Harvests: From now is possible to call asynchronous functions in a declarative way and to get almost the same experience as with synchronous code.
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Probably is faster compared with complex promises implementations but the syntax is better with 'asynchron' library https://github.com/salboaie/asynchron ! This module is abandoned. Experimental implementation of wait,asyn pattern

Harvests library is an experiment to sort out the ugliness of the asynchronous callbacks without promises or control flow libraries.

New!!! versions > 0.3: changed the error handling mechanism! On error, assign that variable with null and should be manually tested. Only uncatched exceptions will make calls to onError. You should throw exceptions yourself

An harvest handles the dependencies calls, you don't have to describe the flow. The main idea is to create an environment where you continue to use asynchronous functions as usual but with a syntax that resemble synchronous calls.

Example 1: reading the content of a file

    harvest.let("myFileContent", fs.readFile, "fileName.txt");  
    harvest.do(console.log, wait("myFileContent"));  
    //on success harvest.myFileContent will contain the content
    //you can start as many calls and they will be executed when their dependencies are fulfilled

Example 2:

For example, we have 2 functions (asynchronous APIs for dealing with penguins) The only convention is that successCallBack(returnedResult) will be called by these APIs on success and errorCallBack on fails

    loadPenguin(nickName, callBack)
    loadPenguinFamily(father, mother, callBack)

now, let's see how we load some Penguins

    var harvest = require("harvests").create();

    harvest.let('father', loadPenguin, 'MrPenguin');
    harvest.let('mother', loadPenguin, 'MrsPenguin');
    harvest.let('family', loadPenguinFamily, wait('father'), wait('mother'));

        console.log(family); //also in  harvest.father, harvest.mother, harvest.family you got values
    }, wait('family') );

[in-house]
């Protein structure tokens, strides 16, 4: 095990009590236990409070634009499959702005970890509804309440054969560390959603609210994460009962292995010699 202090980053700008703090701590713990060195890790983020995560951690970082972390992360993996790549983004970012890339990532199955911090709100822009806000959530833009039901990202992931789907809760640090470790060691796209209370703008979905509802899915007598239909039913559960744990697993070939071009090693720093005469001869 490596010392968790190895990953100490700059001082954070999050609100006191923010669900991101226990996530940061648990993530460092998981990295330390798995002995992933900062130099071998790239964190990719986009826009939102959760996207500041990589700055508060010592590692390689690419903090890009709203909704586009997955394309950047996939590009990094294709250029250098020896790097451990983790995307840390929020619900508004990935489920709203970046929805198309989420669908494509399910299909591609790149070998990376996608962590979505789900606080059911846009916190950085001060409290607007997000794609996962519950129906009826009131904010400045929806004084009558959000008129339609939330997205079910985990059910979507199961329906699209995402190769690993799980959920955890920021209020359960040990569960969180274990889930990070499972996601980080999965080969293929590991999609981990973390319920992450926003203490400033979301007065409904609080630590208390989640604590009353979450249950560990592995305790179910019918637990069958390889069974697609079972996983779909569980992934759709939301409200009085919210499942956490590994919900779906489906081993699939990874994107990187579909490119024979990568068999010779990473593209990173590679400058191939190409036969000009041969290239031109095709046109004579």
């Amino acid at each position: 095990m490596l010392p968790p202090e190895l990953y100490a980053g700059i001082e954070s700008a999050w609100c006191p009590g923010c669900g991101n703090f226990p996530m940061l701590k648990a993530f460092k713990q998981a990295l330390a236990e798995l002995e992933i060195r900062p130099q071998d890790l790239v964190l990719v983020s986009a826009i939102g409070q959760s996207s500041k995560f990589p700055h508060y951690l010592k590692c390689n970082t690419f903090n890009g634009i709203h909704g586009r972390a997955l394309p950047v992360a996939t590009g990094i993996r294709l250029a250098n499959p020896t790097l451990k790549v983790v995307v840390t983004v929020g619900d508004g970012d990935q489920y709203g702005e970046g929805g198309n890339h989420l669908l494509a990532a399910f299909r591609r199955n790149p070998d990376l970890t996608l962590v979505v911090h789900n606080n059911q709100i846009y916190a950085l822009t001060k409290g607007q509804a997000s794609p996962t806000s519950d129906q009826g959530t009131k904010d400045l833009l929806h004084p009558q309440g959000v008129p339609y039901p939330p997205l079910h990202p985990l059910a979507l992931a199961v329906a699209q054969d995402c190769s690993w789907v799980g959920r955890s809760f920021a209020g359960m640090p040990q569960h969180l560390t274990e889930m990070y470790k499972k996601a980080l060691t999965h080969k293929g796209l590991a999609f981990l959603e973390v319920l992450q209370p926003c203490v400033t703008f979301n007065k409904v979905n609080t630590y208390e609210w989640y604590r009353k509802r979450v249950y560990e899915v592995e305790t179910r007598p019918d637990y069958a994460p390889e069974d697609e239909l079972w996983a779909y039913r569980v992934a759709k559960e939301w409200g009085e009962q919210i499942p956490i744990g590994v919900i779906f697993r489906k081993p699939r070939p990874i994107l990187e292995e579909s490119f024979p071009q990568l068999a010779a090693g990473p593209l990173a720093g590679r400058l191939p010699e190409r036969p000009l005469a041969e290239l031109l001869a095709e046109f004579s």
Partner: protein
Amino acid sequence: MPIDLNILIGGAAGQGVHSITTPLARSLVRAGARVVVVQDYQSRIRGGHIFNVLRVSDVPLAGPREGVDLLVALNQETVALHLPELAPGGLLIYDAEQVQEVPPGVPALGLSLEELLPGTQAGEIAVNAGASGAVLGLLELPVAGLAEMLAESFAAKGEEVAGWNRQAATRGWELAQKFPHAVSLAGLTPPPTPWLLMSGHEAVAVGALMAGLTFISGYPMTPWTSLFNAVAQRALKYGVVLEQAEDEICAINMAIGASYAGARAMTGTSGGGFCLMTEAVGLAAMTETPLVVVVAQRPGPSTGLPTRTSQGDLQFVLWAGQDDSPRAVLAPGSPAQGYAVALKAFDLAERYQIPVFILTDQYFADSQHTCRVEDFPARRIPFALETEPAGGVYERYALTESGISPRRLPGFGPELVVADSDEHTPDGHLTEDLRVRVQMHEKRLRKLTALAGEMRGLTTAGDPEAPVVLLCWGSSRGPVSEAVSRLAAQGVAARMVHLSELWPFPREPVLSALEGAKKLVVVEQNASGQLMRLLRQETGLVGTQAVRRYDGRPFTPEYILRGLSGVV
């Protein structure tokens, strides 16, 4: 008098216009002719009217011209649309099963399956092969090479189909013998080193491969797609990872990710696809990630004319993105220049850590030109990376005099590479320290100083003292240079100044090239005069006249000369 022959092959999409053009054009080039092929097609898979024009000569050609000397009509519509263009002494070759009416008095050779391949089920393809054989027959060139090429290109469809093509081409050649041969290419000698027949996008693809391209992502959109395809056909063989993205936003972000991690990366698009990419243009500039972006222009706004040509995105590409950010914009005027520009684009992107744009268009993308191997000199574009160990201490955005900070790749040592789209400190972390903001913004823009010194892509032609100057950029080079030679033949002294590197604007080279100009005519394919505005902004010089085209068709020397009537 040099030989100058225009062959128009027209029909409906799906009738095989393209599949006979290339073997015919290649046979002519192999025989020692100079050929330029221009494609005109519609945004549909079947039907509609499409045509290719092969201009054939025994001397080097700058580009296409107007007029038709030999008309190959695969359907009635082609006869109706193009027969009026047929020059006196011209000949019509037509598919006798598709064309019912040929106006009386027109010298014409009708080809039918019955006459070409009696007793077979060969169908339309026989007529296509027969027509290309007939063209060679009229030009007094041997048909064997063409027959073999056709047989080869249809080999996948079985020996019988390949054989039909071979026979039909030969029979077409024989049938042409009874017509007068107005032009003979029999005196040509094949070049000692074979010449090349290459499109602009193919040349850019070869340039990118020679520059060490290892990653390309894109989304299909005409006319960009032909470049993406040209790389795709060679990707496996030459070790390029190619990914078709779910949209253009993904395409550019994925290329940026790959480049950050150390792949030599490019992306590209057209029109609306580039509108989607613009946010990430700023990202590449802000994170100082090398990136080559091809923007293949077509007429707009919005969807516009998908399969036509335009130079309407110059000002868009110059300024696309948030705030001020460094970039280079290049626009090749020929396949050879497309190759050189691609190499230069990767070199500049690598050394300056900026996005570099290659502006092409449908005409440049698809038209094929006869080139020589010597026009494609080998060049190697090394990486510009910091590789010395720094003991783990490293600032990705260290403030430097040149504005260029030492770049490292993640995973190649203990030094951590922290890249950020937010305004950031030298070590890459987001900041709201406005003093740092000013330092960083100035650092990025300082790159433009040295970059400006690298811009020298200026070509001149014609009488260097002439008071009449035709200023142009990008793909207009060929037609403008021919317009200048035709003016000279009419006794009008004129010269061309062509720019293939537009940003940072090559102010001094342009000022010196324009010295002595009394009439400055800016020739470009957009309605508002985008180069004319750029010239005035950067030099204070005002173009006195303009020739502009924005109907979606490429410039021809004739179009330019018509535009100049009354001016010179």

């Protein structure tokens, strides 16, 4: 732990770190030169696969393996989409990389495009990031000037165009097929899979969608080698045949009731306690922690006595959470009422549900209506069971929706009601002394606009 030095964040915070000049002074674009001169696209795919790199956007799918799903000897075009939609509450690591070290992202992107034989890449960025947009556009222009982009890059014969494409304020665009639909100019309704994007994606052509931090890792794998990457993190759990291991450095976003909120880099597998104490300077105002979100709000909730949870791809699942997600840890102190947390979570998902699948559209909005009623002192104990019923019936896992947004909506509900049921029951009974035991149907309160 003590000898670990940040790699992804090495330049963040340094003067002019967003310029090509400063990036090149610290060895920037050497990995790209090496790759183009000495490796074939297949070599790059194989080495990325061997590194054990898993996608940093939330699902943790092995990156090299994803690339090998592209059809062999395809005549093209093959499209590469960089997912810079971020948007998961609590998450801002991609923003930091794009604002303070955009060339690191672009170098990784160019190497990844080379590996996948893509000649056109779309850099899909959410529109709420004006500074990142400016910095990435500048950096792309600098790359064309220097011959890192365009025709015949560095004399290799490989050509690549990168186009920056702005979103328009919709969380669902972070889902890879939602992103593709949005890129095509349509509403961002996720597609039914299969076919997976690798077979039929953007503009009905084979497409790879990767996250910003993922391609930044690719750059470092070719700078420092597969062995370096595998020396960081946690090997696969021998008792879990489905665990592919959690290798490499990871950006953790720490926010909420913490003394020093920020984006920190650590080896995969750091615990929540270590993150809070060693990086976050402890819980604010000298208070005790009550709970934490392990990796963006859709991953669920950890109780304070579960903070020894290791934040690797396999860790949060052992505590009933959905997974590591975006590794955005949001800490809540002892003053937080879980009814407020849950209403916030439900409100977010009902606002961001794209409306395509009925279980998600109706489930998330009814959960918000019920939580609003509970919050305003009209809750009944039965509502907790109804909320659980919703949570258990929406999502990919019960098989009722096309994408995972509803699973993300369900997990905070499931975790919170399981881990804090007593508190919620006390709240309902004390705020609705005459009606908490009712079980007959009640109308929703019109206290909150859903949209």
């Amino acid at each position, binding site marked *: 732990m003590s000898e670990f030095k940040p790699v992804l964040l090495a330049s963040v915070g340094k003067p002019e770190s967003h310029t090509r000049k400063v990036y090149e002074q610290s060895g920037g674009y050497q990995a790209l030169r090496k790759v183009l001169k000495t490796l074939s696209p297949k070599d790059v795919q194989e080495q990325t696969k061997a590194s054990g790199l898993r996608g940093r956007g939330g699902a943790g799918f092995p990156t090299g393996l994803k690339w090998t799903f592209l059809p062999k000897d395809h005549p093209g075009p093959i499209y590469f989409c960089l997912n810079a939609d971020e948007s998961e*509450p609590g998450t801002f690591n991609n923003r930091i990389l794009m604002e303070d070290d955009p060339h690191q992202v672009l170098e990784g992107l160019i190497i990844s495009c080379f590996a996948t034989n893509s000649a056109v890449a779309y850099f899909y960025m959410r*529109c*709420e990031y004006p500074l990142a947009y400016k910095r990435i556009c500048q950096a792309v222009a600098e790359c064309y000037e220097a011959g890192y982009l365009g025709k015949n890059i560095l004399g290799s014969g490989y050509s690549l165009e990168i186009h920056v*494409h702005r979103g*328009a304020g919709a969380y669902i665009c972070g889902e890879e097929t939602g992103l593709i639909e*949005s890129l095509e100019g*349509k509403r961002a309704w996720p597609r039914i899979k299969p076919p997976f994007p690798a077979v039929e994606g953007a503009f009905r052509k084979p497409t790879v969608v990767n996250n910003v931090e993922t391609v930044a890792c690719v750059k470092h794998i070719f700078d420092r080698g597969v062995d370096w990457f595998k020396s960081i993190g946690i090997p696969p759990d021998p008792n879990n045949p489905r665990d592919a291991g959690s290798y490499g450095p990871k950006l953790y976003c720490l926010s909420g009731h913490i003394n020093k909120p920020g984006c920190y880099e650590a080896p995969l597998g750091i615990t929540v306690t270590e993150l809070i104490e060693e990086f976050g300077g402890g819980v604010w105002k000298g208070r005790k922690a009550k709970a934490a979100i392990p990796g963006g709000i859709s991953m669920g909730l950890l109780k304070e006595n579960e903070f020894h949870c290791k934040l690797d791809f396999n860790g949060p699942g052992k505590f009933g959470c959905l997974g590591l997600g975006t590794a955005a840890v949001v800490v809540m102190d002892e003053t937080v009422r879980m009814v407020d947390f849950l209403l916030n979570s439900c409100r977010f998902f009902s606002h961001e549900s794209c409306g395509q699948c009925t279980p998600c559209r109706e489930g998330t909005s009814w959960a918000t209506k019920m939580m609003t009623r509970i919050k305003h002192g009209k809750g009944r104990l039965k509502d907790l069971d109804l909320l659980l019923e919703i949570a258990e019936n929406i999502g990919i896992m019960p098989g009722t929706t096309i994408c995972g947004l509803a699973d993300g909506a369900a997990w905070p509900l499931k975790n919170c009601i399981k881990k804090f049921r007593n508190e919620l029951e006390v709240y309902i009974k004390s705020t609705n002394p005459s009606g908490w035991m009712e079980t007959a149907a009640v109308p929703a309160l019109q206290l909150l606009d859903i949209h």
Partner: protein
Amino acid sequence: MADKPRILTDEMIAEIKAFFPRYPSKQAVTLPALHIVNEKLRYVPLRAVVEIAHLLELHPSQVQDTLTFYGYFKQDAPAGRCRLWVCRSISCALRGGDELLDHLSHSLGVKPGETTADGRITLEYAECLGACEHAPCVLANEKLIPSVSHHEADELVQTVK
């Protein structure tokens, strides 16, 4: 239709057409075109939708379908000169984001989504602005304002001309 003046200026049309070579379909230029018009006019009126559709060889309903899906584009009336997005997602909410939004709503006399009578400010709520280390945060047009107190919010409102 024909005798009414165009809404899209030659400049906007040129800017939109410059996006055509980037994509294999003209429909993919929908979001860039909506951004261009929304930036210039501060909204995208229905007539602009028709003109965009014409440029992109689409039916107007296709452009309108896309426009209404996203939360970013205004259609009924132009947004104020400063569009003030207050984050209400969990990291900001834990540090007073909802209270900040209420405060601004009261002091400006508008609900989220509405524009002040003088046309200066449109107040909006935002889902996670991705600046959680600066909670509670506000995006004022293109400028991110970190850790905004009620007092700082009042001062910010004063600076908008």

harvest.onFail(function(error, variable, index){
        console.log("Well, move those penguins to the South Pole...", error, variable, index);

for a full example with complex cases, look in test/penguin.js

Example 3:

    //use pack and load those penguins in an array
    penguinNames.map(function (name){
         harvest.pack("realPenguins", loadPenguin, name);
         //harvest.letAt("realPenguins", name, loadPenguin, name); //similar results but the result is an object

     harvest.do(workWithPenguins, wait('realPenguins'));

The syntax for calling asynchronous functions is fairly simple, use a function from the API (let,letAt, load, loadAt, xlet, xletAt), add some wait calls where needed and remove callback arguments altogether.

Simple API:

create() a new harvest context

  var harvest = require("harvests").create(contextBindingCallBack, preventStackOverflow);

Note! The name of the module is 'harvests' not 'harvest'

create() can take 2 optional arguments: contextBindingCallBack and preventStackOverflow.

contextBindingCallBack is a function that can create an wrapper for callbacks used during harvesting. This is useful in the context of a multi tenancy and multi user systems. For an example, look at createSwarmCallBack in swarmESB adapters

preventStackOverflow: force asynchronous returns even for synchronous callbacks returns, prevents growth of the stack



wait is how you say that a variable should be computed before current calling current statement


load a variable in harvest's context using node.js convention ( function(err,result) ). Similar with load but using node.js standard calling convention